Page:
Skip to main content

Research Repository

Advanced Search

Talking about frailty: health professional perspectives and an ideological dilemma

Cluley, Victoria; Martin, Graham; Radnor, Zoe; Banerjee, Jay

Talking about frailty: health professional perspectives and an ideological dilemma Thumbnail


Graham Martin

Zoe Radnor

Jay Banerjee


Frailty is increasingly used in clinical settings to describe a physiological state resulting from a combination of age-related co-morbidities. Frailty also has a strong 'lay' meaning that conjures a particular way of being. Recent studies have reported how frail older people perceive the term frailty, showing that frailty is often an unwanted and resisted label. While there are many scores and measures that clinicians can use to determine frailty, little has been published regarding how health-care professionals use and make sense of the term. This paper reports the findings of a qualitative study that explored how health professionals perceive frailty. Forty situated interviews were conducted with health-care professionals working in an emergency department in the English Midlands. The interview talk was analysed using discourse analysis. The findings show that the health professionals negotiate an 'ideological dilemma' - a tension between contradictory sets of meanings and consequences for action - based on their 'lay' and clinical experience of the term frailty. It is concluded that this dilemma could have a negative impact on the assessment of frailty depending on the system of assessment used.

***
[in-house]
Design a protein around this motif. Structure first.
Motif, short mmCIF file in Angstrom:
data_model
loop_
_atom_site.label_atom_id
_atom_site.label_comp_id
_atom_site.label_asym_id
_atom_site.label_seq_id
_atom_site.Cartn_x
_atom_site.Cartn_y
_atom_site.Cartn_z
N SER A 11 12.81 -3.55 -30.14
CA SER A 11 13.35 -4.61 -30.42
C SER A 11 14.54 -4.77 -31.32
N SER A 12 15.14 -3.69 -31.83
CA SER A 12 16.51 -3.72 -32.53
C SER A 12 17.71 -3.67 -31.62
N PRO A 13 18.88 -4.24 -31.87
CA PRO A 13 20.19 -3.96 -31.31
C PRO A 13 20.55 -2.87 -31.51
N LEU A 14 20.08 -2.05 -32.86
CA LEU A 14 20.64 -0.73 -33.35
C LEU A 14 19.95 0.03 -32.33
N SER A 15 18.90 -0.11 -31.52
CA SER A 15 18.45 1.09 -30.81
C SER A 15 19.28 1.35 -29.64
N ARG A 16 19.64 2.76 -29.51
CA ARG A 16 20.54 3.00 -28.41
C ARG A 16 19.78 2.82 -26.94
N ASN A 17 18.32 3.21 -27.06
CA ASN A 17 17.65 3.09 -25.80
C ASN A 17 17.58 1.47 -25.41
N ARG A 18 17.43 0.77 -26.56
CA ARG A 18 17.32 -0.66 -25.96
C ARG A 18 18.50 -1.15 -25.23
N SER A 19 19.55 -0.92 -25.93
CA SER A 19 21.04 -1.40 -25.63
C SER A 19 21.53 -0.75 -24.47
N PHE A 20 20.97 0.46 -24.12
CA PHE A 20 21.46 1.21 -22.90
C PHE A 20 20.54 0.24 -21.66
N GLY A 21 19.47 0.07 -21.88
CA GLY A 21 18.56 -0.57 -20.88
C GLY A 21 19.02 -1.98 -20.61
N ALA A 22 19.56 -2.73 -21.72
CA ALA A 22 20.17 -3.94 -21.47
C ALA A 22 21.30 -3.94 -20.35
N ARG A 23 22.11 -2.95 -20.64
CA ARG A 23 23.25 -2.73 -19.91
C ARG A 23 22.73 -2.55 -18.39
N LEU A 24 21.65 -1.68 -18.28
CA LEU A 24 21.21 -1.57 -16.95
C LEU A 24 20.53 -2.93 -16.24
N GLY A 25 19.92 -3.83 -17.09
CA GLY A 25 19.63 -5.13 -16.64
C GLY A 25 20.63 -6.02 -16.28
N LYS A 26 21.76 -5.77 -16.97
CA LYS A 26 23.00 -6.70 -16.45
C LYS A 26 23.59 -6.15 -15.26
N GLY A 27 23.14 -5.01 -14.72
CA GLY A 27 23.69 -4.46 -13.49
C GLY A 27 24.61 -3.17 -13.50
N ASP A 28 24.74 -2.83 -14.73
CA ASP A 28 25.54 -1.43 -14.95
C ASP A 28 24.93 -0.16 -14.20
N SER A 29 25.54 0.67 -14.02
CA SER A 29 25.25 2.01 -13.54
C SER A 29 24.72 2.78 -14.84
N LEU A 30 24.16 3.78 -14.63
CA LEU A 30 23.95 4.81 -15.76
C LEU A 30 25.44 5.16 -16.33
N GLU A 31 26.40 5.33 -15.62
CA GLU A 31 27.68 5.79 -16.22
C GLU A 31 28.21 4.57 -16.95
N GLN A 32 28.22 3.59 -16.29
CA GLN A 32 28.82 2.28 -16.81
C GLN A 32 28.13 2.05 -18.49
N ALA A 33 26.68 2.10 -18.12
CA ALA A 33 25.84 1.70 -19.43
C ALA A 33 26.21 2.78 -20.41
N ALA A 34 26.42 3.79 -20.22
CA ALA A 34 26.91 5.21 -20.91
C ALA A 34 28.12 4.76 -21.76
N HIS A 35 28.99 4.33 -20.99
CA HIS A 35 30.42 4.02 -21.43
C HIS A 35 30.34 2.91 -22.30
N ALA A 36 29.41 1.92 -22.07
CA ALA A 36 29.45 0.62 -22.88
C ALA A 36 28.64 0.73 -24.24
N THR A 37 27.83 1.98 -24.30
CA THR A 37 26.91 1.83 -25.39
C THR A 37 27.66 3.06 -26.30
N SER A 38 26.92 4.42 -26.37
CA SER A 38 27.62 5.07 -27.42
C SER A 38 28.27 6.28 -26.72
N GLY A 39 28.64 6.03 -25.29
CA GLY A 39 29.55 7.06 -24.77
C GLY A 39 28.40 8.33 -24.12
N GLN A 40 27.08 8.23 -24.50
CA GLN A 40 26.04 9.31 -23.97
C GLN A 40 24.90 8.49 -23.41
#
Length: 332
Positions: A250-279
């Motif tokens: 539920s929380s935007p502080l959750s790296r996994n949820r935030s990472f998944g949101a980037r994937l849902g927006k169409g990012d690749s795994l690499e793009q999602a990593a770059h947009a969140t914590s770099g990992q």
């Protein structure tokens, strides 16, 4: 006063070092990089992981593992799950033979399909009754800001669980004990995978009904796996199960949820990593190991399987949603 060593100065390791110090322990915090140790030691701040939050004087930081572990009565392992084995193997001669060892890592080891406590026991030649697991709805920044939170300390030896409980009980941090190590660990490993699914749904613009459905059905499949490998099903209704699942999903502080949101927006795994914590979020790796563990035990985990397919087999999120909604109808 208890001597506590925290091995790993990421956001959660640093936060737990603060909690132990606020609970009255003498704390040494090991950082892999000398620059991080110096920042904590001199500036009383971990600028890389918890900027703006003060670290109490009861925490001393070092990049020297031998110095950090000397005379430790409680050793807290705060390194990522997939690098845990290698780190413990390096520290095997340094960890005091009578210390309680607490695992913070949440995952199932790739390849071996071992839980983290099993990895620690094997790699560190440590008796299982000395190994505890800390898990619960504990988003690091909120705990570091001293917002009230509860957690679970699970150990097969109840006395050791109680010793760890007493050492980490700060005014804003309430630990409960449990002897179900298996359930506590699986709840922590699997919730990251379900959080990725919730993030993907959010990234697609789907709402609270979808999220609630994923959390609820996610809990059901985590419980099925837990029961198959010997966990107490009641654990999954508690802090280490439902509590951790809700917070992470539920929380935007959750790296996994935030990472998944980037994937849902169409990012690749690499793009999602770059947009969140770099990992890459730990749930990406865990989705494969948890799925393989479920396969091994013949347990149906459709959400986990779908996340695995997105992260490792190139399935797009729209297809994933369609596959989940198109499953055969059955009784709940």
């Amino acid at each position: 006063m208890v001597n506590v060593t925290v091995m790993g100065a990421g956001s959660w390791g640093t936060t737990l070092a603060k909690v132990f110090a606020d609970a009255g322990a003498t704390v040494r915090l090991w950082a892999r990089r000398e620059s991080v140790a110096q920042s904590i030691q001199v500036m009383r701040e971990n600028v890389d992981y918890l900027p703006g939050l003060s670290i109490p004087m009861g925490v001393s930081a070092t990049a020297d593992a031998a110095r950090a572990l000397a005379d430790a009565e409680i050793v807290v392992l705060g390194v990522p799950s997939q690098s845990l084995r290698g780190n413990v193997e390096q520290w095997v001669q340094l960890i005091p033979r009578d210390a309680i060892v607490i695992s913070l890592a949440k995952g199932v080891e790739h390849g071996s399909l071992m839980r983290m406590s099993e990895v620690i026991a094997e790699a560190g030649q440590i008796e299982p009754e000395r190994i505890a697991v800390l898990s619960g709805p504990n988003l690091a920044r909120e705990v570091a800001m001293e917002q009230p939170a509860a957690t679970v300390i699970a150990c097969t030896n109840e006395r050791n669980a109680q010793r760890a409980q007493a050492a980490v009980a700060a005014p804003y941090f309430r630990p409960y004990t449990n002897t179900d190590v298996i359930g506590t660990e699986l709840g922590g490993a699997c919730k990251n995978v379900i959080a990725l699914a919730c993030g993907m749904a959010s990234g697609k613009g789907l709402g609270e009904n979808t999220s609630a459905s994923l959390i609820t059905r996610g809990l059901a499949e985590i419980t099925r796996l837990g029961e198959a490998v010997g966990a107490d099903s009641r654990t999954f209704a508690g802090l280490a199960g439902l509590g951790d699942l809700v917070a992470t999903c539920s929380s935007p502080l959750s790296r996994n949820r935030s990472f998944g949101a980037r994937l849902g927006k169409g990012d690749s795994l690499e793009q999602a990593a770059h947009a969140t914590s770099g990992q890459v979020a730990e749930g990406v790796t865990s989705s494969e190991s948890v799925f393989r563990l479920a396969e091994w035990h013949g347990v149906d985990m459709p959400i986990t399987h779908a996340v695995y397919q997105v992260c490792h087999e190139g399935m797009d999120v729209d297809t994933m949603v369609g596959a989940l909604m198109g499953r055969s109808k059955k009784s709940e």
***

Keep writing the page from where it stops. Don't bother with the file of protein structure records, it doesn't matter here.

Cluley, V., Martin, G., Radnor, Z., & Banerjee, J. (2022). Talking about frailty: health professional perspectives and an ideological dilemma. Ageing and Society, 42(1), 204-222.

Journal Article Type Article
Acceptance Date Jun 22, 2020
Online Publication Date Aug 12, 2020
Publication Date 2022-01
Deposit Date Jan 20, 2023
Publicly Available Date Feb 2, 2023
Journal Ageing and Society
Print ISSN 0144-686X
Electronic ISSN 1469-1779
Publisher Cambridge University Press
Peer Reviewed Peer Reviewed
Volume 42
Issue 1
Pages 204-222
Keywords Public Health, Environmental and Occupational Health; Geriatrics and Gerontology; Arts and Humanities (miscellaneous); Social Psychology; Health (social science)
Public URL
Publisher URL


You might also like

Downloadable Citations